The business of agriculture is so closely tied to the weather neither can be mentioned independently without talking about the other in the same sentence.
Weather may slow down our farmers — but there is always something to do and in the words of Sonny & Cher, “The beat goes on.”
Farmers have made many advances in protecting their assets regardless of the weather. Protecting livestock with better more efficient buildings, better bins design to hold and protect grain, controlled environments with better heating and cooling, more advanced equipment with auto-steer, better drainage, better seeds, better feeds, controlling fertilizers, controlling runoff and other improvements keep our farmers ahead in the battle against bad weather … most of the time.
A deluge of rain, will often keep the tractor in the barn, but if the rain comes after a long drought and the field is tiled right and with proper drainage, you may not have to wait long to get back into the field. A cold snap may freeze the land but that may be just enough to finish shelling the last couple acres of corn.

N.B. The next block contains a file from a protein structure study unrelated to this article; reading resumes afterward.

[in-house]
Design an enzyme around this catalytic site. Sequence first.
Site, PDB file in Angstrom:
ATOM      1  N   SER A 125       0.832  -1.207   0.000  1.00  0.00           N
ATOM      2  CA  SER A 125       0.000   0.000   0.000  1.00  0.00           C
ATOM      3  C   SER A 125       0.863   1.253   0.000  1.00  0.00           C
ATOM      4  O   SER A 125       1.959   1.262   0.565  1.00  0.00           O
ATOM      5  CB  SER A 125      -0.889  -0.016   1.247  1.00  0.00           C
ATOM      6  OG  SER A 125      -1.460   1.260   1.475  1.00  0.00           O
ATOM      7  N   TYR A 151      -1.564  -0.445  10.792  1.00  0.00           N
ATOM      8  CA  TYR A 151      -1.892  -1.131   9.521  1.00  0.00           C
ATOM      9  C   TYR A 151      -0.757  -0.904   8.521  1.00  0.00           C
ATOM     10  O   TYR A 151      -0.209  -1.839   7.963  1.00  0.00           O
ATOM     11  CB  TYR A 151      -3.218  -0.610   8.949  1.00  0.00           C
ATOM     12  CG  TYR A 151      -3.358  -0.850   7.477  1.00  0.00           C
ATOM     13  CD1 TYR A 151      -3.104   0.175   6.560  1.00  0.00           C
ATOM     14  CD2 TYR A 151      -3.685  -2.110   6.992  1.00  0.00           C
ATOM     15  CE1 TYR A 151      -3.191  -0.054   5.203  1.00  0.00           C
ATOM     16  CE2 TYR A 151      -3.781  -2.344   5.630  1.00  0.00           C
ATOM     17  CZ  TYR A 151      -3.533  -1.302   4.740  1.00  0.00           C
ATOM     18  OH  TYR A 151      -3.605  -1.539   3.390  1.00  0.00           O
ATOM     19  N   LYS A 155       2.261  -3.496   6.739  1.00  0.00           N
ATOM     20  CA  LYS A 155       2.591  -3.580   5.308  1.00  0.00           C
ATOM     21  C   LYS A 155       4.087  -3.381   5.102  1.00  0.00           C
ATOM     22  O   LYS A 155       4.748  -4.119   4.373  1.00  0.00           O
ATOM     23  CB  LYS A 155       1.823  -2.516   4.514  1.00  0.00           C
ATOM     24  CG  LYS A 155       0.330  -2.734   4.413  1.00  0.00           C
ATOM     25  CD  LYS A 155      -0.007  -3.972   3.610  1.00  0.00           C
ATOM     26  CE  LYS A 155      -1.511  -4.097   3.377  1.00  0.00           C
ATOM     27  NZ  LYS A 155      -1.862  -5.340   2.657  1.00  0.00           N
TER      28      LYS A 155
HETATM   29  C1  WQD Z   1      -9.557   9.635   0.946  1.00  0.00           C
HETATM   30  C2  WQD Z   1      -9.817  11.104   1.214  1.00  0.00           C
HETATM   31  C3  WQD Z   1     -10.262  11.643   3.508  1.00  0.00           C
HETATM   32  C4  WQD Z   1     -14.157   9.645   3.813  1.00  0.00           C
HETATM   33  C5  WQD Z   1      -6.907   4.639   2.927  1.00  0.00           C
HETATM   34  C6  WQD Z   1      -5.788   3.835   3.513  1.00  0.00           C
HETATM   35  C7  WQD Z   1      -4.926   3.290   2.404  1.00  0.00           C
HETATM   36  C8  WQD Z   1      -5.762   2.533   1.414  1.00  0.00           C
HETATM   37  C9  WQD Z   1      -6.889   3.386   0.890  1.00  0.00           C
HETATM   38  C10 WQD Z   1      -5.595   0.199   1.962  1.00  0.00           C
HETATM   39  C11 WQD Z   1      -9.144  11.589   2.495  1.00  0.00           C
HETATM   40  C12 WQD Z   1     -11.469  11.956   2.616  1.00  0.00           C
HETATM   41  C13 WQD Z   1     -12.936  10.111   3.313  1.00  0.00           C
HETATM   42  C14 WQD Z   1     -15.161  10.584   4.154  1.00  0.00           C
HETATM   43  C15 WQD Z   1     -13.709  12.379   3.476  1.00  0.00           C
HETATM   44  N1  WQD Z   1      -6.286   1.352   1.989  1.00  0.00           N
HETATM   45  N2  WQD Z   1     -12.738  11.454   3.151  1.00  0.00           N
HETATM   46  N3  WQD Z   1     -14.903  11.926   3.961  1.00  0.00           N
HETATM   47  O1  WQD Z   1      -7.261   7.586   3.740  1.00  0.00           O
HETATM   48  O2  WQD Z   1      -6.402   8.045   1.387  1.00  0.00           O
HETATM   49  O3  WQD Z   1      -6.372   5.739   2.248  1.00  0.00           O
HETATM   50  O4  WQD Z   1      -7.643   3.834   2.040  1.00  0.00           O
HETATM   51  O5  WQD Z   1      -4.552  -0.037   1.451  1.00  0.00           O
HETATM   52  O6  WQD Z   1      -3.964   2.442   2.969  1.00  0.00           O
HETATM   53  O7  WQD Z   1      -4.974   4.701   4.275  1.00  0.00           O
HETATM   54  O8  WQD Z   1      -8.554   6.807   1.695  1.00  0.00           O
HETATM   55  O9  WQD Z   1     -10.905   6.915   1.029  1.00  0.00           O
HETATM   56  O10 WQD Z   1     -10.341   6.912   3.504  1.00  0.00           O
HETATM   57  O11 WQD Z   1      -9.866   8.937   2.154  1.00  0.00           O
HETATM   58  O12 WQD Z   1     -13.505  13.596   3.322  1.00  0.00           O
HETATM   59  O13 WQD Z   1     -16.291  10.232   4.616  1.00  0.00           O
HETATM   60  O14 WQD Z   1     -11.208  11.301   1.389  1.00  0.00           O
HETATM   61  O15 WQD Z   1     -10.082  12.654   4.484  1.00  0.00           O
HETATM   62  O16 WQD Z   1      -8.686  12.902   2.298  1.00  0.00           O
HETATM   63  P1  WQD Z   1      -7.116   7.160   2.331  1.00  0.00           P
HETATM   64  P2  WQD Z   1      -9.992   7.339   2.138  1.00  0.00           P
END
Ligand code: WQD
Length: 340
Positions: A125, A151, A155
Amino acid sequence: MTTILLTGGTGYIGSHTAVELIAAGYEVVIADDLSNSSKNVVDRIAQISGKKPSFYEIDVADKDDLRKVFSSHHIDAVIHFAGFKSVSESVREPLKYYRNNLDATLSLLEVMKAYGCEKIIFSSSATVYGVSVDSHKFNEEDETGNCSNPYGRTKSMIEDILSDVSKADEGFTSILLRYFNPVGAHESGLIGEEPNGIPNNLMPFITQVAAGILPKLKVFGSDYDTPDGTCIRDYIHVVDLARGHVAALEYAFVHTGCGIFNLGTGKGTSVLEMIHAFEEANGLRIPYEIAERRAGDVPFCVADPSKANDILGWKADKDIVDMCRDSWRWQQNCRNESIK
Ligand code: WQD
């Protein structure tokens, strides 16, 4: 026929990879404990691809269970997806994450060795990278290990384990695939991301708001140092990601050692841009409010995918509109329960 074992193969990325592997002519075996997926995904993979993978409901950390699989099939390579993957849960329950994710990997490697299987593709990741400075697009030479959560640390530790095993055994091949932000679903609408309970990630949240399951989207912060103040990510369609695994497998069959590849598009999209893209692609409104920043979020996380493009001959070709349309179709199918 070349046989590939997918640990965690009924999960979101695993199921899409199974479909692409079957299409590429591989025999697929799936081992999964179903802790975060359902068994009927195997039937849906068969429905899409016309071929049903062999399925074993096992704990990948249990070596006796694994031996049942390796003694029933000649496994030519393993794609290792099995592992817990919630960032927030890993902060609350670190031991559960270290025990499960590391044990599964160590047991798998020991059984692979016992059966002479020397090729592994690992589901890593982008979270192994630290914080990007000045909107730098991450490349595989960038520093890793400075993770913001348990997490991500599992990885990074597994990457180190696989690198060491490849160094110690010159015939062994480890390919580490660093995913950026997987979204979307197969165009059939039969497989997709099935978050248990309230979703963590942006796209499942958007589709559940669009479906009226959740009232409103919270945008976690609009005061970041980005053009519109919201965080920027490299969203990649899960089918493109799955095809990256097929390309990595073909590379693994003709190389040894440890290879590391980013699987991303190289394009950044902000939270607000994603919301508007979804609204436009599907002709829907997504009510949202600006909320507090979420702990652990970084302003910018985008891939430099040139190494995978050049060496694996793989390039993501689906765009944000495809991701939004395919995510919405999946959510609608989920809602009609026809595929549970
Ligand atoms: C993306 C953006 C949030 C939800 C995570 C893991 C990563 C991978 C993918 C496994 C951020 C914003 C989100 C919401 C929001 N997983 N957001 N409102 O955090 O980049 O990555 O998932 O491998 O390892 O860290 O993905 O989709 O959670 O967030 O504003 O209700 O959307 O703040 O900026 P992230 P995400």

Weather drives farmers crazy. Too much sun, not enough heat, not enough rain, rain too early, snow too early, drought too early provides enough fodder to fill-up the local barber-shop-talk for weeks on end.
Farmers have also seen record crops — regardless of the weather during planting, growing and harvest seasons.
Corn production in 2017 average yield in the United States was estimated at a record high 176.6 bushels per acre, 2.0 bushels above the 2016 average yield of 174.6 bushels per acre.
Soybean production in 2017 totaled a record 4.39 billion bushels, up 2 percent from 2016. The average yield per acre was estimated at 49.1 bushels, 2.9 bushels below the record yield in 2016. Harvested area was up 8 percent from 2016 to a record high 89.5 million acres.
Ohio, Illinois, Indiana and Iowa — represent 45 percent of U.S. corn output and 41 percent of soybeans — showed bigger yields than last year.
So the Beat Goes On, a testament to the resilience, innovation, and continuing improvements and proves our agricultural industry is second to none in the world regardless of our weather.
Here’s seeing you In Ohio Country!
The writer is an award-winning veteran broadcaster for more than 30 years.